Big interior design ideas fill this shoebox-sized apartment in Taiwan.
In our land of the diminishing quarter-acre dream many people still think of apartments as nothing more than shoeboxes – devoid of light and a basic capacity to nurture humans. And… it is true, there are many horrific examples of such spaces in our cities. Yet, this doesn’t need to be the case; an apartment, even a minute one, can be elegant, fun and efficient and its limitations can push architects and designers to be highly inventive.
As cities across New Zealand and Australia become increasingly dense and real estate prices continue to defy all logic, it is important to think about how small spaces can create living experiences of greater efficiency, but without stripping out all of the things that make us feel good.
Perhaps good sources of ideas are the dense Asian metropolises where the efficiency of space is paramount and examples of tightly planned, but beautifully detailed, apartments are much more common. In the Taiwanese city of Kaohsiung, HAO Design has created such a space in its Block Village project. The apartment is a mere 40m2 but it uses clever storage and a mezzanine floor to comfortably house a family of three.
The palette of materials lends a latent freshness and a playful cosiness to its interior. Pale plywood stairs and cabinetry are set against white walls with accents of olive, mint and nest egg greens. Rendered masonry and a warm engineered timber floor add some mass to create a balanced collection of material textures and colours.
The inbuilt cabinetry provides vast areas of storage with refined detailing and a rhythmic panelling of colour. The architects chose the colour scheme and material palette to make the space feel bigger than its quantitative dimensions and highlight the ideas of assemblage that underpin the concept behind the interior.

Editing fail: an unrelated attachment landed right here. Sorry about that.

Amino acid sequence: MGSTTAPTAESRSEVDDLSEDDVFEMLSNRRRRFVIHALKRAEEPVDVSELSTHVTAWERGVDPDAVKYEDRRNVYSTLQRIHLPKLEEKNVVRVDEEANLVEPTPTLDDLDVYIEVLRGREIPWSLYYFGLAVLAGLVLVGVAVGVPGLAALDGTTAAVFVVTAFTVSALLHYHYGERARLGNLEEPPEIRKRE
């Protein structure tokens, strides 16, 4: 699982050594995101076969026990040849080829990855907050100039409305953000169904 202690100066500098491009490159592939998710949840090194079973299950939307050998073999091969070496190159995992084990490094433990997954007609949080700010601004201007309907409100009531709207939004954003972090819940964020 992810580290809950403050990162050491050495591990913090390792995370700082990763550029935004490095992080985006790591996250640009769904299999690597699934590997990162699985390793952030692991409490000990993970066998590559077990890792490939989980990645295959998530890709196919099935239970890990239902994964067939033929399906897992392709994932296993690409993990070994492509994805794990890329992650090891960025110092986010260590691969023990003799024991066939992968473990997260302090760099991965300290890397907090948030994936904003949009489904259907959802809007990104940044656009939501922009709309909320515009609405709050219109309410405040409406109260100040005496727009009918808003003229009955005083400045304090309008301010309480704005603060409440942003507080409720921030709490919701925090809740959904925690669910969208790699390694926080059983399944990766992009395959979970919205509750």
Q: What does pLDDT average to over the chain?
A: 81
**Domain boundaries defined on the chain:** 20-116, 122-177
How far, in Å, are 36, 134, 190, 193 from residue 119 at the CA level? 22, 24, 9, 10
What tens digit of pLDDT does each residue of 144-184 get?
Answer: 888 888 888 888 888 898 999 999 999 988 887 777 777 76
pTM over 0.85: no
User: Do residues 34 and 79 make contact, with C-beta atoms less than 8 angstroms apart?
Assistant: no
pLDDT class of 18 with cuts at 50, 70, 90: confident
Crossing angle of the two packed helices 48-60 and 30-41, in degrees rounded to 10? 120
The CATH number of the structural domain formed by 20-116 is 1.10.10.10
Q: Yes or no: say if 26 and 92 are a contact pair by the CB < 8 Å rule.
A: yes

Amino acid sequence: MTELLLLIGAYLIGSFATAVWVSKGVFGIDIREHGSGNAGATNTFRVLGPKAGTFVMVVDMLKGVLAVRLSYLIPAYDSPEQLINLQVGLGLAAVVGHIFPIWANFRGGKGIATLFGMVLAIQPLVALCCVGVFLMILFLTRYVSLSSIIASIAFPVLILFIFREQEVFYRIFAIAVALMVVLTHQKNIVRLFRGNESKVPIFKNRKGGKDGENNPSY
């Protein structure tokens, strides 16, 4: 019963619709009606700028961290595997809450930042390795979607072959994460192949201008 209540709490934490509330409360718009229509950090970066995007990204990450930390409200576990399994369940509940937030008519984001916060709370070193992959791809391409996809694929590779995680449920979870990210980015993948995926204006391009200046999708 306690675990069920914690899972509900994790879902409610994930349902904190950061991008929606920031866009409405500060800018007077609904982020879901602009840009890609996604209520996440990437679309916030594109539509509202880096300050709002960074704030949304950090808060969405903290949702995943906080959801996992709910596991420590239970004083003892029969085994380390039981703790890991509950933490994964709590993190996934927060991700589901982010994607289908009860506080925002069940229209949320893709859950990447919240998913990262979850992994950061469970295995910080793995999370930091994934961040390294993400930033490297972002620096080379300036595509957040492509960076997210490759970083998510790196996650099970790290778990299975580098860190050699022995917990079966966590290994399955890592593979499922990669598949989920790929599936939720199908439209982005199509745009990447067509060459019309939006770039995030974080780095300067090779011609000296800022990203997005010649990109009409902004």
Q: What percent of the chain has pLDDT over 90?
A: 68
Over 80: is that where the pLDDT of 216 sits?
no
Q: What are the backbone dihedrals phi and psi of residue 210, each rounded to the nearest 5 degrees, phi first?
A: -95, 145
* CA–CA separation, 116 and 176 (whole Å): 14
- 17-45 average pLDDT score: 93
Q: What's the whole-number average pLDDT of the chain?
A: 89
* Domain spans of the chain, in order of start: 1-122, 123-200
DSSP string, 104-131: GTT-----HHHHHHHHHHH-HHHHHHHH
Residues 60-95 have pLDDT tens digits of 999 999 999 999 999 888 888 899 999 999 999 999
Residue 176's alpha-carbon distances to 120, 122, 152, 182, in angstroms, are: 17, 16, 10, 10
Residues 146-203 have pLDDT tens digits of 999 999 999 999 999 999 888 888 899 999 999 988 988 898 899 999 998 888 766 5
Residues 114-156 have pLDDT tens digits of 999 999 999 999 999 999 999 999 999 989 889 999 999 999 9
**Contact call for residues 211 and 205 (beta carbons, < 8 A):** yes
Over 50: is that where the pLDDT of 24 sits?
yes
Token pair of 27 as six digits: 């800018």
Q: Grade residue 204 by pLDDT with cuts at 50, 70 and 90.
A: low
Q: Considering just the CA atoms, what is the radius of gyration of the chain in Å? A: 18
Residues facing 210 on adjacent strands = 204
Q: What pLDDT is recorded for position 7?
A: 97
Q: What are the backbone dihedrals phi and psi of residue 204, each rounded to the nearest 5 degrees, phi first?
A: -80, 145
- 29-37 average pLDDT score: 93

The architects describe their approach to planning the apartment as a collection of “several buildings blocks in the house, with different functions… connected to [make] a home”. The space may be small, but the connection of the spaces, with carefully placed screening elements allows for privacy and collectivity at the same time.
The visual connections created in the interior, particularly the internal windows that subtly link private and public realms, are reminiscent of the Raumplan designs of Austrian and Czechoslovakian architect Adolf Loos. The master of modern interior planning, Loos created spaces that were interlinked in such an intricate way that they started to feel woven together. Small volumes were suddenly given greater agency with the interior and any feelings of claustrophobia were banished. HAO Design has quietly applied the philosophies developed by Loos within the Block Village, while evolving the aesthetic to be more light-hearted.
The couple that occupies the apartment, with their little girl, has defined spaces for eating, relaxing and working, but none of these feel compromised by the overall size of the apartment. For the architects, the tuning of the spaces to the clients’ needs was a paramount concern; “we spent lots of time [trying] to understand the owner’s habits, living style [and] interests, to make the space more cosy for the family”.
This personal approach to the clients’ way of life has resulted in a carefully considered, beautifully detailed and playful interior. The Block Village demonstrates a human approach to the design of small spaces and one that could be applied more widely in growing Pacific cities to great effect.